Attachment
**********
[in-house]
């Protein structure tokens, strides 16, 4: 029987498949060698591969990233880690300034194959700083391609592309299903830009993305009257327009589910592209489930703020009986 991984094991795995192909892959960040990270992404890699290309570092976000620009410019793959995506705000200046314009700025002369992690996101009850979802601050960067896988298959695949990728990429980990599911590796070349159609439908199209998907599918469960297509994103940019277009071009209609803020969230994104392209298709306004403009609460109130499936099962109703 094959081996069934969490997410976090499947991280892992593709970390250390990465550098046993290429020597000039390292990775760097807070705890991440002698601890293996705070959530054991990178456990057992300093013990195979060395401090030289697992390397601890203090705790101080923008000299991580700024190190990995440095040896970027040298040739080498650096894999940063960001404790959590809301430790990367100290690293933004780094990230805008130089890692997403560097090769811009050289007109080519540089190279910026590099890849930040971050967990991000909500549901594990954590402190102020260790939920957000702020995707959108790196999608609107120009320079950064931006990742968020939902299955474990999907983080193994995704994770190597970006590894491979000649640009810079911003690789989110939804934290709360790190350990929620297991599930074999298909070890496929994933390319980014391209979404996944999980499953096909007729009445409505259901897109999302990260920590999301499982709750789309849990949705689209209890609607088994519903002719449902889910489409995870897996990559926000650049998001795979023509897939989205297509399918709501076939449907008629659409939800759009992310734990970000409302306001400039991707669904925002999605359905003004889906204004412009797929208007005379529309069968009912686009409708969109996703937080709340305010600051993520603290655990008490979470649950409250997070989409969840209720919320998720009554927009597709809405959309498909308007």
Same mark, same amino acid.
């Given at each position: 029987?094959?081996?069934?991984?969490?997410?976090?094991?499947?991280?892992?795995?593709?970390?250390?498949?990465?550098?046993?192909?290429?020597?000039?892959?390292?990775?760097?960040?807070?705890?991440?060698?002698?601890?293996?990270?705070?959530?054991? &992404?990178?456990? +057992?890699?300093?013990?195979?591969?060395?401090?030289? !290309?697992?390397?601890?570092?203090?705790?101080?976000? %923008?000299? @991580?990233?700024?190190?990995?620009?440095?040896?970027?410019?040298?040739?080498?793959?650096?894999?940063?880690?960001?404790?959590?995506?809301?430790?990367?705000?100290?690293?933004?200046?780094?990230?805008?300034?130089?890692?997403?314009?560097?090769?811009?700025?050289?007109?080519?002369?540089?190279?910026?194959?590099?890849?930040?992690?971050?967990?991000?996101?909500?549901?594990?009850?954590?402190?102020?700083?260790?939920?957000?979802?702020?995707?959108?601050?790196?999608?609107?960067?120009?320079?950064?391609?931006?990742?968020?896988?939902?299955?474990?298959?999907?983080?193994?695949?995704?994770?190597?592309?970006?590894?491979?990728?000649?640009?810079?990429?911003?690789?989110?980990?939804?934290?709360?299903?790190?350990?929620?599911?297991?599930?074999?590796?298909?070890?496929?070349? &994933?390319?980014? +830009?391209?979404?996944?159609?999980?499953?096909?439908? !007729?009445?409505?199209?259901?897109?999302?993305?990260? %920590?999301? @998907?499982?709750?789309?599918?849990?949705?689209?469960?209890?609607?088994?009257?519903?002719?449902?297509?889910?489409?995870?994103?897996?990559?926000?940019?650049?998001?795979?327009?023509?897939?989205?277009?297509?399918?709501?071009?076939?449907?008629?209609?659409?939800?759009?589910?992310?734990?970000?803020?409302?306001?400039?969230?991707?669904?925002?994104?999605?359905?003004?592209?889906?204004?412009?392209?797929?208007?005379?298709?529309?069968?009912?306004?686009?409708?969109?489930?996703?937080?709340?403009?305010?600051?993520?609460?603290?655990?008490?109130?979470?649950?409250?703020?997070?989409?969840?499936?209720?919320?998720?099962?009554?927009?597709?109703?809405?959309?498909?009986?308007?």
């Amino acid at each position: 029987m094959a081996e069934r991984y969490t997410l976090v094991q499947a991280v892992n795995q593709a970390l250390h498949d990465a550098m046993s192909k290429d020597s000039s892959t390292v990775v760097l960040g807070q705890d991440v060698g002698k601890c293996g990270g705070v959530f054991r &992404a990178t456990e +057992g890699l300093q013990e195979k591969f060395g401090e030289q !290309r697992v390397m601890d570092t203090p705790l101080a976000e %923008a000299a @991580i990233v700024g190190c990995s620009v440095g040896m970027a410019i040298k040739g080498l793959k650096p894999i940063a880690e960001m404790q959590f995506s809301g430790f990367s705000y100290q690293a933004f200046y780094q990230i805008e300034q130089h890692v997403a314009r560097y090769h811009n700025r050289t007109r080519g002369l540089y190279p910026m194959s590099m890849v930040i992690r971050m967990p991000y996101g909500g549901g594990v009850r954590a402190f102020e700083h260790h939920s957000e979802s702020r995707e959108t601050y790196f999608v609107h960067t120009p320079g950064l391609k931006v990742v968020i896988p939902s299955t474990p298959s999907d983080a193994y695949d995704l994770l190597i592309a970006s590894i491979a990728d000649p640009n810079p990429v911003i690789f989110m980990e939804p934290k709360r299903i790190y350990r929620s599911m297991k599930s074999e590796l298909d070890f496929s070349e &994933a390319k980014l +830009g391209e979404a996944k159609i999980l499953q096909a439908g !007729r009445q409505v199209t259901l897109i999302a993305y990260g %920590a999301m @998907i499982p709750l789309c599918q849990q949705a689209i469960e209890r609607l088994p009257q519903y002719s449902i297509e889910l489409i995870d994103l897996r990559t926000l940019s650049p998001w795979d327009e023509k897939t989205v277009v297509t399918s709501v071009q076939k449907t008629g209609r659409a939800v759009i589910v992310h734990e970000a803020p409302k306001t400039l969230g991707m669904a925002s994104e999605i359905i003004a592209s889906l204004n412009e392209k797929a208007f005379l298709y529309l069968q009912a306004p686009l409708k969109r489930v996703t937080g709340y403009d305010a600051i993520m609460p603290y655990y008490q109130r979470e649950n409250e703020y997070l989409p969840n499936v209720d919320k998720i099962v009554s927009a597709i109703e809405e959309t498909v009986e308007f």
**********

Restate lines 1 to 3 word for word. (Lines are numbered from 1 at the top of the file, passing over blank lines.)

[in-house]
């Protein structure tokens, strides 16, 4: 029987498949060698591969990233880690300034194959700083391609592309299903830009993305009257327009589910592209489930703020009986 991984094991795995192909892959960040990270992404890699290309570092976000620009410019793959995506705000200046314009700025002369992690996101009850979802601050960067896988298959695949990728990429980990599911590796070349159609439908199209998907599918469960297509994103940019277009071009209609803020969230994104392209298709306004403009609460109130499936099962109703 094959081996069934969490997410976090499947991280892992593709970390250390990465550098046993290429020597000039390292990775760097807070705890991440002698601890293996705070959530054991990178456990057992300093013990195979060395401090030289697992390397601890203090705790101080923008000299991580700024190190990995440095040896970027040298040739080498650096894999940063960001404790959590809301430790990367100290690293933004780094990230805008130089890692997403560097090769811009050289007109080519540089190279910026590099890849930040971050967990991000909500549901594990954590402190102020260790939920957000702020995707959108790196999608609107120009320079950064931006990742968020939902299955474990999907983080193994995704994770190597970006590894491979000649640009810079911003690789989110939804934290709360790190350990929620297991599930074999298909070890496929994933390319980014391209979404996944999980499953096909007729009445409505259901897109999302990260920590999301499982709750789309849990949705689209209890609607088994519903002719449902889910489409995870897996990559926000650049998001795979023509897939989205297509399918709501076939449907008629659409939800759009992310734990970000409302306001400039991707669904925002999605359905003004889906204004412009797929208007005379529309069968009912686009409708969109996703937080709340305010600051993520603290655990008490979470649950409250997070989409969840209720919320998720009554927009597709809405959309498909308007």
Same mark, same amino acid.